US Withholds Military Aid to Egypt Over Human Rights but Approves Arms Sales
A man holds an Egyptian flag during the 2011 Egyptian revolution. (Mariam Soliman via Wikimedia Commons)

US Withholds Military Aid to Egypt Over Human Rights but Approves Arms Sales

Biden administration sends mixed signals as it holds back $130 million out of an approved $300 million in military financing to the government of Abdel Fattah el-Sisi

The Biden administration has resolved to cut $130 million in annual military financial assistance from the United States to Egypt over human rights concerns, following consecutive years of providing Egypt the same amount of military financing.

Sen. Christopher Murphy, D-Conn., a member of the Senate Appropriations Committee, said in a statement on Friday that the aid cut “sends the important message abroad that we will back up our commitment to human rights with action, and gone are the days where dictators receive blank checks from America.”

US Secretary of State Antony Blinken in September approved military assistance to Egypt of $300 million but said that the US would withhold $130 million of it unless Egypt addressed a list of human rights issues.

That same month, Egyptian President Abdel Fattah el-Sisi launched the country’s first domestic National Strategy for Human Rights, which aims to improve the human rights situation in the country. In addition, Egypt has released several political prisoners.

However, the American government believes that these actions are not enough and it will divert the $130 million in aid to other international programs.

It looks incompetent because while withholding the military aid, it is approving military sales

An official with nongovernmental organization Human Rights Watch told The Media Line, “Egypt is currently in one of the worst periods for human rights in its modern history.”

This includes holding tens of thousands of political prisoners in prisons, ordering arbitrary detentions and forced disappearances, the wide-spread and systematic use of torture, and the crushing of civil society.

However, the full list of demands from the US, upon which the release of the aid was conditioned and which the Egyptian government was required to fulfill before January 30, has not been publicly released.

The Washington Post reported that the list included ending the unjust detentions of 16 political prisoners, and completely ending “Case 173,” which has targeted independent human rights organizations and human rights defenders, as well as independent civil society in Egypt.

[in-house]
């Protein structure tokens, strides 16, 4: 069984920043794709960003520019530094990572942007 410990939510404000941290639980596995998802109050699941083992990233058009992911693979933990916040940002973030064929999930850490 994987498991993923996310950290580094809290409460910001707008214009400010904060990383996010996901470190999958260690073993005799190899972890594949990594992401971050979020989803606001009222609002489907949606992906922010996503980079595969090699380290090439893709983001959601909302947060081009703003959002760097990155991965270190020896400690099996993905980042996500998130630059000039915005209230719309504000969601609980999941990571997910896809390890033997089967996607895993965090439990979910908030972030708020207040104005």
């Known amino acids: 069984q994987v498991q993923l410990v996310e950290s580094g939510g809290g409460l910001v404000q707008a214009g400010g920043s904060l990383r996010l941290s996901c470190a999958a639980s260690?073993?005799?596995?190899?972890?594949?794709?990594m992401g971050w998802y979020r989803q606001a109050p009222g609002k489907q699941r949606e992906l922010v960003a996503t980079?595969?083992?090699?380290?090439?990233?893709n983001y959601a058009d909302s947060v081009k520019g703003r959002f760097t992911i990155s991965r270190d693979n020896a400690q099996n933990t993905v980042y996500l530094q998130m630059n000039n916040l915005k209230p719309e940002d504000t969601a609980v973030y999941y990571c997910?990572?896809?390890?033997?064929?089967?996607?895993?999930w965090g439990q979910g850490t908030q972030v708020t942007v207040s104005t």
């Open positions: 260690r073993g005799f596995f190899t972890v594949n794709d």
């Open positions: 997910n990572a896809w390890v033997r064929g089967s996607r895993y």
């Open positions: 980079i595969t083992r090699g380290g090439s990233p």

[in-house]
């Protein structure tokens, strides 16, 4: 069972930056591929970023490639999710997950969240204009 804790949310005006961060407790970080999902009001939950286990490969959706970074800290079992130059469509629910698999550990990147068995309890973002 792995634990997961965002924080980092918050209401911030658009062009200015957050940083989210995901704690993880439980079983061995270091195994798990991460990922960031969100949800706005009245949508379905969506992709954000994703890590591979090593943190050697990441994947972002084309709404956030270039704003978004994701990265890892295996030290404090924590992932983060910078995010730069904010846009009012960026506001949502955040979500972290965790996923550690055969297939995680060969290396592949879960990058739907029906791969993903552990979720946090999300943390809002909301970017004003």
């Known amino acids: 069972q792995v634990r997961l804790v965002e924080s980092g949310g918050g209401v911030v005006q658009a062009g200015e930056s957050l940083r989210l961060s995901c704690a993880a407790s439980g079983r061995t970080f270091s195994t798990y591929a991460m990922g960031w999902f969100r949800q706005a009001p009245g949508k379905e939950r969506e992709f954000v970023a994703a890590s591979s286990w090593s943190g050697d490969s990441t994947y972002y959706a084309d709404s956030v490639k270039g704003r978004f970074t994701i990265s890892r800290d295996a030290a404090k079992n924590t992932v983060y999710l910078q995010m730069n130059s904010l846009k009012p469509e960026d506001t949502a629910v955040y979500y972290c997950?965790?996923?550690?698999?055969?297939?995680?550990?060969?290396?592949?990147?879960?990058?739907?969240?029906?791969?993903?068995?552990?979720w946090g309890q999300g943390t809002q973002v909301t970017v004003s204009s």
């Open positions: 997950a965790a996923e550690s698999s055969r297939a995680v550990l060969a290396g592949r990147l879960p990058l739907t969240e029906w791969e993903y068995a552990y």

With Egypt unable to fulfill the requirements set out by the US, the $130 million originally designated for military aid to Egypt was diverted to “other national security priorities” the State Department said in a statement.

In the same week, however, the State Department approved an arms sale to Egypt worth $2.5 billion. The arms purchased include C-130 cargo jets and radar.

Robert Silverman, a former US diplomat who served in Egypt for four years and a lecturer in the Middle Eastern and Islamic Studies Department at Shalem College, told The Media Line that the moves have left everyone confused.

The matter was badly handled by the Biden administration, he says, explaining that “it looks incompetent because while withholding the military aid, it is approving military sales.”

The Human Rights Watch official agrees, telling The Media Line: “We feel that the Biden administration really undercut its decision to reprogram this aid by announcing this other arms sale in the same week.”

Silverman says this is a wrongful policy. “The move is not effective in changing their [Egypt’s] human rights policies by publicly shaming them, we know this from history,” he said.

He points to 1956, when Egypt under Gamal Abdel Nasser’s administration decided to accept military aid from the Soviet Union, leading the US to publicly withdraw its support for the Aswan Dam project. “It didn’t change any policy; it just angered the Egyptians for being publicly shamed,” Silverman said. In the end, he added, the public action “resulted in a speech where Nasser publicly refuted the US.”

He said that issues such as human rights and domestic policies should certainly be handled, but in private, not by publicly shaming the country.

Silverman argued that, as the maneuver is not effective especially in a place like Egypt, the US move “was probably not even designed to be effective, this was designed to please domestic constituencies in the US that pressure Biden’s administration to do these things.”

In the end, the only thing that the blocking of military aid will achieve, Silverman concludes, is for “US allies to question the country’s commitment to them and its ability to be a reliable ally.”

 

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